Name: Emma McLellan
From: Fayetteville, Arkansas
School: Fayetteville High School
Volunteering has greatly affected who I am today – not only as a person, but as a skater. For four years, I have been a skating school assistant for The Jones Center in Springdale, Arkansas. Its goal is to bring people together by serving families and strengthening
communities. Skate school is a great opportunity to enrich those who want to either beat the summer heat or get in the winter spirit. Figure skating is considered one of the most expensive sports. Coaches are primarily self-employed and charge an average of $25.00 per lesson taught. The skate school is a reasonable cost for all families. Volunteering as an assistant allows me to teach a wide range of individuals the gift of this sport. Seeing the skaters’ excited faces of even standing on the ice makes what I do worth my time.
I began this sport at the age of three. Once I set foot on the ice, I fell head-over-heels in love with figure skating. Fourteen
years later, I continue to practice about eight hours a week along with volunteering for skate school every Saturday morning. Ozark
Figure Skating Club offers six-week classes from 9:00am-10:00am, consisting of small group lessons for ages ranging from toddler to
adult. In early 2012, I began helping with the skate classes. I would never give up teaching the community a sport in which I have been involved in for more than ten years and love with all my heart.
As a skate school assistant, I am assigned two different classes to help – one from 9:00-9:30 and another from 9:30-10:00. Typically, I help with the lower level classes since the children have a tougher time remaining still and calm while gliding on the ice. In the lower classes, the coaches and volunteers teach the basic technique for skating: Keeping arms up (airplane wings), marching like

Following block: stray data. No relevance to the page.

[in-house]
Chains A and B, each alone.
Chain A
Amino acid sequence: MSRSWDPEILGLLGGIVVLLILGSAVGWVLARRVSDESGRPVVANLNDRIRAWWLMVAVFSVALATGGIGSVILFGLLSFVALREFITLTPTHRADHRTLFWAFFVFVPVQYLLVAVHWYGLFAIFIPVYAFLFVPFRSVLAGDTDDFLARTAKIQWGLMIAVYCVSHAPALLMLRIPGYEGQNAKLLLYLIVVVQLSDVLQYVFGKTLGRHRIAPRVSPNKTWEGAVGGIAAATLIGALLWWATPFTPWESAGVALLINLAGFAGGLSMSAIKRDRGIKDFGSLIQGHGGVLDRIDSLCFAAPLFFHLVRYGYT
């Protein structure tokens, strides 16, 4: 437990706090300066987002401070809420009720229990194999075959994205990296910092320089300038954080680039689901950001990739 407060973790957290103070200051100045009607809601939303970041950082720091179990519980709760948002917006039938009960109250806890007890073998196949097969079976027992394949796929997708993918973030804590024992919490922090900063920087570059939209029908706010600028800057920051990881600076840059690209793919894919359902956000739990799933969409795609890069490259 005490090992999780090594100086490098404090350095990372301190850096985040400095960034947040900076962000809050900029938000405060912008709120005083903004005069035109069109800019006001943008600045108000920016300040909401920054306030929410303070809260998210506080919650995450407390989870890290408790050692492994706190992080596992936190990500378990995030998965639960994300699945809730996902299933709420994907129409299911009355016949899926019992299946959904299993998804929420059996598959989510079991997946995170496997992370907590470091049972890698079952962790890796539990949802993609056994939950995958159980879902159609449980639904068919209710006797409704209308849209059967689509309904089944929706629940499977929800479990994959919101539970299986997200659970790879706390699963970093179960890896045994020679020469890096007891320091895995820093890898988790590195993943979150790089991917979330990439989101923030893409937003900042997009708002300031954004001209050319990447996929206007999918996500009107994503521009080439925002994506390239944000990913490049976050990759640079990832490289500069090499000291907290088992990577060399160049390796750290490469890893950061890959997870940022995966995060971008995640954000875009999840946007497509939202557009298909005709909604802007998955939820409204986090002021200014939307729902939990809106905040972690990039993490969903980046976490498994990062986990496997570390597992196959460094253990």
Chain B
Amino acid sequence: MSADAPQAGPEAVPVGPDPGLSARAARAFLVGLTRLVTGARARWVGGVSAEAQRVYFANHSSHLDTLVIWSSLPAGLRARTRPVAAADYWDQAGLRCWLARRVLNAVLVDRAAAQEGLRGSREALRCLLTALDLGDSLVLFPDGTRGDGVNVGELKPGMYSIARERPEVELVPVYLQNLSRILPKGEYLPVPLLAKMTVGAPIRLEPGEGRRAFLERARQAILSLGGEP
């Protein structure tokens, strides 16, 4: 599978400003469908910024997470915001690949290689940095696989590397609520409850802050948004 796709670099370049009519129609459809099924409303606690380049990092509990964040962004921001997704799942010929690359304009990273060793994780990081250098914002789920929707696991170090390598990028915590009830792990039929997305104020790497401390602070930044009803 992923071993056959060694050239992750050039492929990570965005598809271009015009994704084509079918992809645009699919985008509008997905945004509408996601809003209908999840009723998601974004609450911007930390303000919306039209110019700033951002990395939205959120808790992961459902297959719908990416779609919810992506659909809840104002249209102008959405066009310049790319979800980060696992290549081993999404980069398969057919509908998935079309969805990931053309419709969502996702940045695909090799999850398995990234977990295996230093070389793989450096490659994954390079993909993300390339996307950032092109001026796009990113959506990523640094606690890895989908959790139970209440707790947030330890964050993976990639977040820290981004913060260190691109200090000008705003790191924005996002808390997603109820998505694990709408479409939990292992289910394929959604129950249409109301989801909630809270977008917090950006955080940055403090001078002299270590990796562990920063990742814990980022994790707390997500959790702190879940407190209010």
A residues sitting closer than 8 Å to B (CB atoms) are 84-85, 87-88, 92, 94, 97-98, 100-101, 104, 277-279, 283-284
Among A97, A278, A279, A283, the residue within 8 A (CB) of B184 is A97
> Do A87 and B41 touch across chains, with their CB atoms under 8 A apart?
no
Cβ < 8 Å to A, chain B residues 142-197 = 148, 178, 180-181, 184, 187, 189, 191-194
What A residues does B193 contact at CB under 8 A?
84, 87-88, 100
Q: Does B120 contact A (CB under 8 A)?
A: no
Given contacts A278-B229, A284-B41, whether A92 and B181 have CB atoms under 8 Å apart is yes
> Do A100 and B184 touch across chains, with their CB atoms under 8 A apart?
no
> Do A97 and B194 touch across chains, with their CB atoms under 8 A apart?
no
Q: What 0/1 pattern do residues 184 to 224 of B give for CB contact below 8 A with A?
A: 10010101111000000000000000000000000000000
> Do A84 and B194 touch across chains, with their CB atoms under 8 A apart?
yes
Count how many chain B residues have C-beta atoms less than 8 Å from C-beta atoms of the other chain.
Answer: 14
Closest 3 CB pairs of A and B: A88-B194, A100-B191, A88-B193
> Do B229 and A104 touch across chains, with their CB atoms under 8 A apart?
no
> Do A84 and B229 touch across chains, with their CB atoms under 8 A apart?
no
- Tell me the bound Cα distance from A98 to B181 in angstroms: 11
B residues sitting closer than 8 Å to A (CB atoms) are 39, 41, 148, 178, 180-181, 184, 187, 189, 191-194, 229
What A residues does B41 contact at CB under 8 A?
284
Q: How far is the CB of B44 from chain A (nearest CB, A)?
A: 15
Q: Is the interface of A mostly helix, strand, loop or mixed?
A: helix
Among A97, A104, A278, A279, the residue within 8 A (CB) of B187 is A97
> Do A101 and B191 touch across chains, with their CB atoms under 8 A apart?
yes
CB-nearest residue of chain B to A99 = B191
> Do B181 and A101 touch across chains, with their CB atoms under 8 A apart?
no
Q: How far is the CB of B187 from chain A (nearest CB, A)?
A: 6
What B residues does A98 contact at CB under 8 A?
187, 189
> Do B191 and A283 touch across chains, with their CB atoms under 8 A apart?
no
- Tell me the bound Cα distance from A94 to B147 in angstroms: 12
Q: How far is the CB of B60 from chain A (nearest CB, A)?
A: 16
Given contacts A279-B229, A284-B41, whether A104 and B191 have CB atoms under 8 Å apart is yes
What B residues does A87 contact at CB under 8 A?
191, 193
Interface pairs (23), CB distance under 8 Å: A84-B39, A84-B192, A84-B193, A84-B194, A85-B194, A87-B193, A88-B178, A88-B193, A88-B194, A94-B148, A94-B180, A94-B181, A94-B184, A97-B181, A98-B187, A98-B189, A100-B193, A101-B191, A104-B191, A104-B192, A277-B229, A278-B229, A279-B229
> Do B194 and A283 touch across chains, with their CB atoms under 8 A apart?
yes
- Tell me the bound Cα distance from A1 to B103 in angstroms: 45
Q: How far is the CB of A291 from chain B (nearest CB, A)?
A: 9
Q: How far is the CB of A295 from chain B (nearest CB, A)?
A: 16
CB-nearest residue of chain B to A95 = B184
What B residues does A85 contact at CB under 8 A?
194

soldiers, and grabbing one’s knees when they feel unstable.
I would have to say, the biggest challenge there is as a skating assistant is making sure the parents are fully aware it is okay if
his or her child does not pass the specific level in six weeks. It is, in my opinion, very difficult for a young skater to master five or six elements in a short amount of time. There have been situations where parents disagree with the coach’s decision of whether or not the skater passes or fails. Another challenge is keeping the skaters engaged. Most of the time, the children play with the snow and either eat or throw it.
Volunteering for the skate school is such a wonderful opportunity. I love teaching those in my community the life enriching sport. As a skating assistant, it has given me the chance to teach others what I love. In the six week classes, I bond with these kids. I
love seeing the smile on their faces when they accomplish certain elements. Knowing the kids successfully executed the elements
required to pass the level is the highlight of volunteering.